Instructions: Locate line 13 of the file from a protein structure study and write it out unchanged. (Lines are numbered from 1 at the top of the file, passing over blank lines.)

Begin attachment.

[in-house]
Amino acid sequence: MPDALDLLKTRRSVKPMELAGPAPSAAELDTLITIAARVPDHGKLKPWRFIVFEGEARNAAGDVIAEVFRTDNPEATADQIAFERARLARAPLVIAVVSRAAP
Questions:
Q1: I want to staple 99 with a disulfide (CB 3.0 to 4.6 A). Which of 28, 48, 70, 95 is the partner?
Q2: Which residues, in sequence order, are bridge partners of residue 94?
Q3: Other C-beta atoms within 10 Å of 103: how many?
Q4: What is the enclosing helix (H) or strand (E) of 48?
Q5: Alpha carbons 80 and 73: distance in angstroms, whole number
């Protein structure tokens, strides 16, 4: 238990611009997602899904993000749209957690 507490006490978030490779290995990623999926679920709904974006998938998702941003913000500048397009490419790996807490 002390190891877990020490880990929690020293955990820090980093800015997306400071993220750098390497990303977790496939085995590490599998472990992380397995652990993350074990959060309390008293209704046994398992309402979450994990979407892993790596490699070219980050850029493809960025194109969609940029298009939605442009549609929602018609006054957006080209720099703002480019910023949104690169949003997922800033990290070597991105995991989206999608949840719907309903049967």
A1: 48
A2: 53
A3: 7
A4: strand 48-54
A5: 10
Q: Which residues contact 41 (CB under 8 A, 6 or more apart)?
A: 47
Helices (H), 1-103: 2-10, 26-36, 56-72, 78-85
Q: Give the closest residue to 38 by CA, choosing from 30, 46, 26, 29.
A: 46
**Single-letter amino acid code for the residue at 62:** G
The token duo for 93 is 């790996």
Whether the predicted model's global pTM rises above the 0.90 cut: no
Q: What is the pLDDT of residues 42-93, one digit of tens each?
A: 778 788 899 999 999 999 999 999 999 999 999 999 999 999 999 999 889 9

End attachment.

A4: strand 48-54